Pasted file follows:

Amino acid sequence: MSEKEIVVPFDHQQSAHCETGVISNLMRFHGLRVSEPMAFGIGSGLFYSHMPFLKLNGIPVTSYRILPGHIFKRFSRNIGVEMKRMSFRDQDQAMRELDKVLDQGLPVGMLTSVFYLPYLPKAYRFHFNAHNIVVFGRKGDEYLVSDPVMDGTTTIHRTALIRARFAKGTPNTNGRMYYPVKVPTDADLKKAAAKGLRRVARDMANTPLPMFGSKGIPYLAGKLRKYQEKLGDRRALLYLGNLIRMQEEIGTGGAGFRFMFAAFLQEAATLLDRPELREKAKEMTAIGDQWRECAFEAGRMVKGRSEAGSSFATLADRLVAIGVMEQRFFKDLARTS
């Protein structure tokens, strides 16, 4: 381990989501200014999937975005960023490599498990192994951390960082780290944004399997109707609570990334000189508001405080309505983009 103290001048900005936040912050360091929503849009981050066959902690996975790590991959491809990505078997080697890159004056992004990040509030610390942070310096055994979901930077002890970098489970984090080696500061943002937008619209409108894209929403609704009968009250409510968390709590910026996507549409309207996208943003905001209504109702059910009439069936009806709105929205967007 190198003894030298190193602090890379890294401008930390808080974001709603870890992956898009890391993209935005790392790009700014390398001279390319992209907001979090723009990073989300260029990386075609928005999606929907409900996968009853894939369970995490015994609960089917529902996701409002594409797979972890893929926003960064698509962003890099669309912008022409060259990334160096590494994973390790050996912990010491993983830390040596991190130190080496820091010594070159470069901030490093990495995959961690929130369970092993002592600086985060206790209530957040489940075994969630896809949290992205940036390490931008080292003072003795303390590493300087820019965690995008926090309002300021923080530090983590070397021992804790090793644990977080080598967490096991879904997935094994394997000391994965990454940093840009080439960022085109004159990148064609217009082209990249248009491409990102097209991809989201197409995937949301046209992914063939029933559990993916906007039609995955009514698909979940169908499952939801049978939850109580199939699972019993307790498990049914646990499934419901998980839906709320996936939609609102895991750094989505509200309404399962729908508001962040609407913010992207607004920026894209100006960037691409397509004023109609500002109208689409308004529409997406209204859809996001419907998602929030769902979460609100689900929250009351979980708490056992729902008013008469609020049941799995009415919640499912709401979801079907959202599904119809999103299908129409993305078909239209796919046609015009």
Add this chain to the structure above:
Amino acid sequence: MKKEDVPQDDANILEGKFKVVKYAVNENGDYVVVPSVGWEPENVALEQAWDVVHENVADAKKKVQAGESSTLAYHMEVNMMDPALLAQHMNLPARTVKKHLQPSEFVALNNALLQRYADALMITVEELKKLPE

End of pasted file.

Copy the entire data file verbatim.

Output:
Amino acid sequence: MSEKEIVVPFDHQQSAHCETGVISNLMRFHGLRVSEPMAFGIGSGLFYSHMPFLKLNGIPVTSYRILPGHIFKRFSRNIGVEMKRMSFRDQDQAMRELDKVLDQGLPVGMLTSVFYLPYLPKAYRFHFNAHNIVVFGRKGDEYLVSDPVMDGTTTIHRTALIRARFAKGTPNTNGRMYYPVKVPTDADLKKAAAKGLRRVARDMANTPLPMFGSKGIPYLAGKLRKYQEKLGDRRALLYLGNLIRMQEEIGTGGAGFRFMFAAFLQEAATLLDRPELREKAKEMTAIGDQWRECAFEAGRMVKGRSEAGSSFATLADRLVAIGVMEQRFFKDLARTS
């Protein structure tokens, strides 16, 4: 381990989501200014999937975005960023490599498990192994951390960082780290944004399997109707609570990334000189508001405080309505983009 103290001048900005936040912050360091929503849009981050066959902690996975790590991959491809990505078997080697890159004056992004990040509030610390942070310096055994979901930077002890970098489970984090080696500061943002937008619209409108894209929403609704009968009250409510968390709590910026996507549409309207996208943003905001209504109702059910009439069936009806709105929205967007 190198003894030298190193602090890379890294401008930390808080974001709603870890992956898009890391993209935005790392790009700014390398001279390319992209907001979090723009990073989300260029990386075609928005999606929907409900996968009853894939369970995490015994609960089917529902996701409002594409797979972890893929926003960064698509962003890099669309912008022409060259990334160096590494994973390790050996912990010491993983830390040596991190130190080496820091010594070159470069901030490093990495995959961690929130369970092993002592600086985060206790209530957040489940075994969630896809949290992205940036390490931008080292003072003795303390590493300087820019965690995008926090309002300021923080530090983590070397021992804790090793644990977080080598967490096991879904997935094994394997000391994965990454940093840009080439960022085109004159990148064609217009082209990249248009491409990102097209991809989201197409995937949301046209992914063939029933559990993916906007039609995955009514698909979940169908499952939801049978939850109580199939699972019993307790498990049914646990499934419901998980839906709320996936939609609102895991750094989505509200309404399962729908508001962040609407913010992207607004920026894209100006960037691409397509004023109609500002109208689409308004529409997406209204859809996001419907998602929030769902979460609100689900929250009351979980708490056992729902008013008469609020049941799995009415919640499912709401979801079907959202599904119809999103299908129409993305078909239209796919046609015009």
Add this chain to the structure above:
Amino acid sequence: MKKEDVPQDDANILEGKFKVVKYAVNENGDYVVVPSVGWEPENVALEQAWDVVHENVADAKKKVQAGESSTLAYHMEVNMMDPALLAQHMNLPARTVKKHLQPSEFVALNNALLQRYADALMITVEELKKLPE